I need to stretch 10k for an entire basement and I’m sweating. Thanks
Then master my tagline. Show us or at least yourself drawings of what you want to build and make a spreadsheet for costs. At the moment I see 4 doors with seals, 2 panes of glass and approximately 150 sheets of drywall. Add lines (accounting type) for HVAC and electrical.

The builds that went 3 or 4 times overbudget had terrible planning.

Master my tagline. Are you noticing a pattern?
Old 1st May 2019
  #9
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Quote:
Itll be as loud as full band at full blast at times so I’ll need all the iso I can get.
I think you missed the point. There are equations and tables and charts and graphs and research papers and books that you can look at to determine what type of wall to build, what building materials to use, and how to use them in order to get a certain level of isolation. But you won't find any variable or chart or table where you can plug in the number "full band at full blast", then come up with a result that says "all the iso I can get"... Rather, those tables, charts, equations etc. all have one thing in common: decibels. You can indeed look at them with a number such as "53 decibels transmission loss", and arrive at a conclusion showing exactly how you would need to proceed with building a room to achieve that. But without a number, nobody can help you! You can't even help yourself, as you'd just be guessing if you tried. In other words, you need to do some objective testing with a simple hand-held sound level meter, set to "C" and "Slow", to see how loud you are, how quite you have to be, and thus ho much isolation you need, in decibels. Without that, you have nothing at all to go on.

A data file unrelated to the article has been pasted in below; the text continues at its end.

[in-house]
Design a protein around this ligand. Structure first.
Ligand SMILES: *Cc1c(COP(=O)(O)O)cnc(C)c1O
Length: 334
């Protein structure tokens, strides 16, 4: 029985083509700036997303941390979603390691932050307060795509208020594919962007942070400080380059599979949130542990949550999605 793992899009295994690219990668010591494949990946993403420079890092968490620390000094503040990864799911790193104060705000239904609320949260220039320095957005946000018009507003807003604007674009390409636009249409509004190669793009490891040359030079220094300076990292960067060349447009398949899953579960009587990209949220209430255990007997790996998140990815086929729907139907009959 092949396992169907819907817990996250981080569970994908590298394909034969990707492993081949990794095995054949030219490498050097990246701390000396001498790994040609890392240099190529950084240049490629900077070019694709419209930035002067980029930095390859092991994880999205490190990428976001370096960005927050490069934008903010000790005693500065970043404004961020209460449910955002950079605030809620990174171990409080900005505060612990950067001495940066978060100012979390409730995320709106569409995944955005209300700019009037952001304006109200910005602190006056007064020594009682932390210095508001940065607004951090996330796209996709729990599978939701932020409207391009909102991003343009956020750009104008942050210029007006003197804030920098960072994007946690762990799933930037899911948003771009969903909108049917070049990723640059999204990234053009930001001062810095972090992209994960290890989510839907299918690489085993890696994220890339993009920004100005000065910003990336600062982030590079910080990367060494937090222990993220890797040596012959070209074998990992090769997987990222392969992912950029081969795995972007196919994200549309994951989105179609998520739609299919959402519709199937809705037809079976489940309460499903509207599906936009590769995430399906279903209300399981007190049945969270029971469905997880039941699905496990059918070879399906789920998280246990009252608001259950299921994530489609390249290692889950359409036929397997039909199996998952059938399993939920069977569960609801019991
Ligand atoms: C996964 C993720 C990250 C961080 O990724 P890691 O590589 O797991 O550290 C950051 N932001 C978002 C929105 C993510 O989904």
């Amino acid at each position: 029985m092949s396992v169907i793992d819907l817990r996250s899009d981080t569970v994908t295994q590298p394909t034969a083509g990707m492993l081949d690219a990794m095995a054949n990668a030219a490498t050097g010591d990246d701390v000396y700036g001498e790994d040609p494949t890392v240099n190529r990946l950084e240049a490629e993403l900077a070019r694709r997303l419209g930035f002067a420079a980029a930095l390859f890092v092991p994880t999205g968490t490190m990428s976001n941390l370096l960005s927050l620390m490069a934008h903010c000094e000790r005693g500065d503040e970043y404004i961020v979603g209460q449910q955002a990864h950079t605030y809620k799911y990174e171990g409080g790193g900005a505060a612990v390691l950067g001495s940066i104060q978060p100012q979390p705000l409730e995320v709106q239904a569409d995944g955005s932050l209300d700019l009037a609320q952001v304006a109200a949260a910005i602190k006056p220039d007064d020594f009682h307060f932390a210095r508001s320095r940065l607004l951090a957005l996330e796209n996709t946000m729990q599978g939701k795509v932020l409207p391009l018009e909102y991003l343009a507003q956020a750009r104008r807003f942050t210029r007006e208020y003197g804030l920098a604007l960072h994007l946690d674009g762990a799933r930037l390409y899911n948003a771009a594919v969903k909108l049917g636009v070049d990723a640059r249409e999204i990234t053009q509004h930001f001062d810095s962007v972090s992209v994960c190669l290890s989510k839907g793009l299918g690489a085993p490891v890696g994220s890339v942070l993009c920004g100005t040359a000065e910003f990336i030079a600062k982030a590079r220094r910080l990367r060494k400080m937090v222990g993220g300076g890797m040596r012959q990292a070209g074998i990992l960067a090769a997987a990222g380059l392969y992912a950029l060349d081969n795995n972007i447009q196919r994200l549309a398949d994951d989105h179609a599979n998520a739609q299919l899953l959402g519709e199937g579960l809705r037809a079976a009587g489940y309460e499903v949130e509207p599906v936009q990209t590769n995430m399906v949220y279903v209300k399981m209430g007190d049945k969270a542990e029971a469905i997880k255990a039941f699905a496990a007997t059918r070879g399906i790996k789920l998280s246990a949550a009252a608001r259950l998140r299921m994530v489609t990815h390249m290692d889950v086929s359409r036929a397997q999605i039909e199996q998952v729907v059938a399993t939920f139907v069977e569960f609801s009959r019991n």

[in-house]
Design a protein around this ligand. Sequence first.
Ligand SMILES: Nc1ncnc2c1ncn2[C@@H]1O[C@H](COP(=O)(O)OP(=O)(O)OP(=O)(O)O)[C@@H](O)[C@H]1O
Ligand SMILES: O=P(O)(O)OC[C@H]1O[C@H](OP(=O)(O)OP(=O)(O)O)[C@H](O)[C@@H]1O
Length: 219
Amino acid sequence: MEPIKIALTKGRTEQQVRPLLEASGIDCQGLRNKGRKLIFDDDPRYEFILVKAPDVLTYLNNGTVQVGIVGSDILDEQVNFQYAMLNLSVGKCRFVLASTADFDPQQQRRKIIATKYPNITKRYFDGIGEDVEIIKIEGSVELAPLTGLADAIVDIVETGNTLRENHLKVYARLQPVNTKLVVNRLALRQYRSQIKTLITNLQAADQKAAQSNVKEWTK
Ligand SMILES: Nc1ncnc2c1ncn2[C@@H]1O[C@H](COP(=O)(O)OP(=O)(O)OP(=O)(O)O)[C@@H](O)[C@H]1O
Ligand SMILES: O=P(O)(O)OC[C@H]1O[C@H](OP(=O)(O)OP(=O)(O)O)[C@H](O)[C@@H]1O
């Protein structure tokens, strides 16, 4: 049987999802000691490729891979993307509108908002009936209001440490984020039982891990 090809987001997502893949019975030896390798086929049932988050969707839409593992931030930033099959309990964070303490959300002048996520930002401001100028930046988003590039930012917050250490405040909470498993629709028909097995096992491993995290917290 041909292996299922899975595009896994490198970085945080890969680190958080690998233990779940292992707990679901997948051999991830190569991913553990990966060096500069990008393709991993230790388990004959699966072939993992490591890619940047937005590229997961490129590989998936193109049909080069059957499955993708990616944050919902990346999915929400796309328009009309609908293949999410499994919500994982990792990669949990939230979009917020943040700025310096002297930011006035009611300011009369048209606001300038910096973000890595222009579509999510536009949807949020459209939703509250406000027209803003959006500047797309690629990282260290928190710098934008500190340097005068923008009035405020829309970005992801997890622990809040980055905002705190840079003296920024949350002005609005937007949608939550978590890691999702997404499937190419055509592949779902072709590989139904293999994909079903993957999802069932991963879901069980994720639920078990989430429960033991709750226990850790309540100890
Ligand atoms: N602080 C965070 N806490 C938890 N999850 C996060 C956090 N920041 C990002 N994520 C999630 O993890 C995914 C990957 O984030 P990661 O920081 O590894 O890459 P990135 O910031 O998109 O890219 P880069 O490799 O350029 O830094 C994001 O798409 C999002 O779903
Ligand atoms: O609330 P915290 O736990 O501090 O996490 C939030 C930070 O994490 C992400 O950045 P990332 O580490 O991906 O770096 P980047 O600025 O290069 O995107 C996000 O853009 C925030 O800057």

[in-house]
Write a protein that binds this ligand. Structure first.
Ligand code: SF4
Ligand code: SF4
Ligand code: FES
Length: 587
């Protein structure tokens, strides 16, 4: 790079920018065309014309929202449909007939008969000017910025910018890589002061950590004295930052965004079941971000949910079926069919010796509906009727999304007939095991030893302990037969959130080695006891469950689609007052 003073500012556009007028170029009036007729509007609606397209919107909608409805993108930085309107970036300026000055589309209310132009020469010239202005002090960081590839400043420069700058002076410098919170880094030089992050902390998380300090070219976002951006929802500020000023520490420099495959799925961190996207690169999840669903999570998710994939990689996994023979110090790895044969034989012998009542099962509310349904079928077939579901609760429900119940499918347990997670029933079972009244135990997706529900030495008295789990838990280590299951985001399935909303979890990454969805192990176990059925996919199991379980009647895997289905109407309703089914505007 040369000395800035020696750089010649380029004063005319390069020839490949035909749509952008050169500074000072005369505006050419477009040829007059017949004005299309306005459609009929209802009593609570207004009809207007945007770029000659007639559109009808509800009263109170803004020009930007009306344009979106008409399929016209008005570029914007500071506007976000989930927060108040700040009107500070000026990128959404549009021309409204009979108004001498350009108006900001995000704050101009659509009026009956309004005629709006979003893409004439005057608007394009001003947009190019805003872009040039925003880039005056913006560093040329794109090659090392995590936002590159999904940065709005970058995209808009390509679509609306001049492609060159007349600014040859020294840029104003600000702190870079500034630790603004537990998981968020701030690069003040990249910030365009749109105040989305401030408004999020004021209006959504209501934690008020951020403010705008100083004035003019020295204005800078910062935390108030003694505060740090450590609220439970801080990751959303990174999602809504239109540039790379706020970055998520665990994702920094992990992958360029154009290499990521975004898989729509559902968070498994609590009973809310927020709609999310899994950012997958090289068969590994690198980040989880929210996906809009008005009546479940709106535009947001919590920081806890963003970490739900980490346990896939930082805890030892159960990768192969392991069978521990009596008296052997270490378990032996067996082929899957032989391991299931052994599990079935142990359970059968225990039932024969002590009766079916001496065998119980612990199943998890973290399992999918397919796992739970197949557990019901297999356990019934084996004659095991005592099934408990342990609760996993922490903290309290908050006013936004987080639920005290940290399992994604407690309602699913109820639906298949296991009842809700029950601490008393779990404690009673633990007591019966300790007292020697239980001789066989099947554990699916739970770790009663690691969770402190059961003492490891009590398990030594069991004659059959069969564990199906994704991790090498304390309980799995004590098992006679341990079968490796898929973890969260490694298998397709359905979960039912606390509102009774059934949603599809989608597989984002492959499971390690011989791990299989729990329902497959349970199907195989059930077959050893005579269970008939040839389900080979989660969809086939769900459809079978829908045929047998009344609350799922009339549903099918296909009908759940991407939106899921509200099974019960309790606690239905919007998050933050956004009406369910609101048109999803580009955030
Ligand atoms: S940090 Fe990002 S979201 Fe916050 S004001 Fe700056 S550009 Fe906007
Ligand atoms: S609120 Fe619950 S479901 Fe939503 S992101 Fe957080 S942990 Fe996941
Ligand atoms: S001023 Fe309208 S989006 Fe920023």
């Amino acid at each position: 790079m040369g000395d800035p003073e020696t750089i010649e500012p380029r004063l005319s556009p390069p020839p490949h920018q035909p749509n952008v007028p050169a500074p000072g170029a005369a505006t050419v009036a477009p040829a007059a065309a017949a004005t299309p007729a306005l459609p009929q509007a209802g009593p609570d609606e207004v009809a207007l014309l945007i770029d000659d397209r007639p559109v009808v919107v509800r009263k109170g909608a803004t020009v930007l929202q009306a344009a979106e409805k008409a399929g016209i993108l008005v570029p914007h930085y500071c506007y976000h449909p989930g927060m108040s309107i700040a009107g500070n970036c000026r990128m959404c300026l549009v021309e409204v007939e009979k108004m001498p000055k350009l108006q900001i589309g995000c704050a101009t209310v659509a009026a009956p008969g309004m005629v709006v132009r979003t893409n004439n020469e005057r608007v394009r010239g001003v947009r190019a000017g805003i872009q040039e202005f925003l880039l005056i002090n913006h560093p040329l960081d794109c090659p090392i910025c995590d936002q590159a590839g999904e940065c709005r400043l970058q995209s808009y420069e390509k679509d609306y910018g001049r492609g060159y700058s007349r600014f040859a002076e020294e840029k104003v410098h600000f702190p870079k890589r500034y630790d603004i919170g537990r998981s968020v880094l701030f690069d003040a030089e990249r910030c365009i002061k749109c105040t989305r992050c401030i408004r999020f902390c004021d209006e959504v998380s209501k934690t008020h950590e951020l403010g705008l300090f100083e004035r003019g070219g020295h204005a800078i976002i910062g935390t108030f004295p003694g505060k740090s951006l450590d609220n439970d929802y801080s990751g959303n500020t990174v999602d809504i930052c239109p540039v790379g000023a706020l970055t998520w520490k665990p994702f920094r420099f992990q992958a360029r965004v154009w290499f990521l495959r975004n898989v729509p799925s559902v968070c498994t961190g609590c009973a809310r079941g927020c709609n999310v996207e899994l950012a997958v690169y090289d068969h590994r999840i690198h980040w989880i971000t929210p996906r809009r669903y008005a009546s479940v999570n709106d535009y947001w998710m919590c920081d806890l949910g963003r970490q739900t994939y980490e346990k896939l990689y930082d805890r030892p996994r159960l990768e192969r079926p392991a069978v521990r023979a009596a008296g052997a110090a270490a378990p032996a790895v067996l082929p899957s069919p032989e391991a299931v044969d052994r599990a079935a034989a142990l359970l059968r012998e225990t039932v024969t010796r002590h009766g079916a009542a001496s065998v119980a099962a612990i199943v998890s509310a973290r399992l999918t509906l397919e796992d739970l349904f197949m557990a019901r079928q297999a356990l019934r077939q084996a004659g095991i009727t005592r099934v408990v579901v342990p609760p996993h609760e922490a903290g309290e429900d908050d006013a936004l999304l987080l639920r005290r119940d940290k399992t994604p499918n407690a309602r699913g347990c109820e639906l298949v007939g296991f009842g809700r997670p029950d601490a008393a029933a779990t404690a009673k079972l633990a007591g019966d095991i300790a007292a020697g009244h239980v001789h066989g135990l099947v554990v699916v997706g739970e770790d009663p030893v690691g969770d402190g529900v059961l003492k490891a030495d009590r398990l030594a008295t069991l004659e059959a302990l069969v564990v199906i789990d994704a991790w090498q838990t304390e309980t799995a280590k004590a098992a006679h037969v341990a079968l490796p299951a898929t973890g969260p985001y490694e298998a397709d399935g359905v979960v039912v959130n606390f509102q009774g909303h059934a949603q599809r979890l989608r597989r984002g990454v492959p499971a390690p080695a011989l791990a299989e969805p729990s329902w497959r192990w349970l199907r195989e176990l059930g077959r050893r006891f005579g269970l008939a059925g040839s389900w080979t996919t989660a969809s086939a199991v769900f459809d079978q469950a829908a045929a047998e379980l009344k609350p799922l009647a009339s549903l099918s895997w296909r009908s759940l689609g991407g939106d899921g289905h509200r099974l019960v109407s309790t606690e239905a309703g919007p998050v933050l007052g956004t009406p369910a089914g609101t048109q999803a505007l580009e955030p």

In term's of Andre's tag line, this is probably "percent point number 2"... After you have that number, then all the rest sort of flows into place a lot more easily. Without it, you can't go anywhere, because you don't even know where you are going!


- Stuart -
Old 2nd May 2019
  #10
Sounds good guys thanks a ton. Just orders those two books and gonna hunker down for a couple weeks and bang them out. So far from thread I’m most blown away by the statement that most iso can be done with regular materials! My new mission is to discover how exactly because I know that will equate to a massive cash savings for this project. I’m glad to at least know it to be true, thanks!
Old 2nd May 2019
  #11
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Quote: